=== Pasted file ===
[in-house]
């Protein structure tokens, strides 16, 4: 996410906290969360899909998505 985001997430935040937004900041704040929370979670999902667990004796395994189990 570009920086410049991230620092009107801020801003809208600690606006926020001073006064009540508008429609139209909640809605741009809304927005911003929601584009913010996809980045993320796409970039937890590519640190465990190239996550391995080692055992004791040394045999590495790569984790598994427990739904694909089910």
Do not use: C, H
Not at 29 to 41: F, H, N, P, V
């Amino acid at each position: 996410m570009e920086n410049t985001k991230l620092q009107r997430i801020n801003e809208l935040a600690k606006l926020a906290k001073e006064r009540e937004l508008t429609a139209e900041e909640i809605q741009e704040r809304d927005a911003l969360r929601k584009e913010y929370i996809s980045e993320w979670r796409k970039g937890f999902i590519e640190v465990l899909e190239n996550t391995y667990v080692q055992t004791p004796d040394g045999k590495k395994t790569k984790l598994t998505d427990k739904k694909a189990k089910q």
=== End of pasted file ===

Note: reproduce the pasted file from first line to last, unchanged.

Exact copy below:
[in-house]
């Protein structure tokens, strides 16, 4: 996410906290969360899909998505 985001997430935040937004900041704040929370979670999902667990004796395994189990 570009920086410049991230620092009107801020801003809208600690606006926020001073006064009540508008429609139209909640809605741009809304927005911003929601584009913010996809980045993320796409970039937890590519640190465990190239996550391995080692055992004791040394045999590495790569984790598994427990739904694909089910």
Do not use: C, H
Not at 29 to 41: F, H, N, P, V
């Amino acid at each position: 996410m570009e920086n410049t985001k991230l620092q009107r997430i801020n801003e809208l935040a600690k606006l926020a906290k001073e006064r009540e937004l508008t429609a139209e900041e909640i809605q741009e704040r809304d927005a911003l969360r929601k584009e913010y929370i996809s980045e993320w979670r796409k970039g937890f999902i590519e640190v465990l899909e190239n996550t391995y667990v080692q055992t004791p004796d040394g045999k590495k395994t790569k984790l598994t998505d427990k739904k694909a189990k089910q």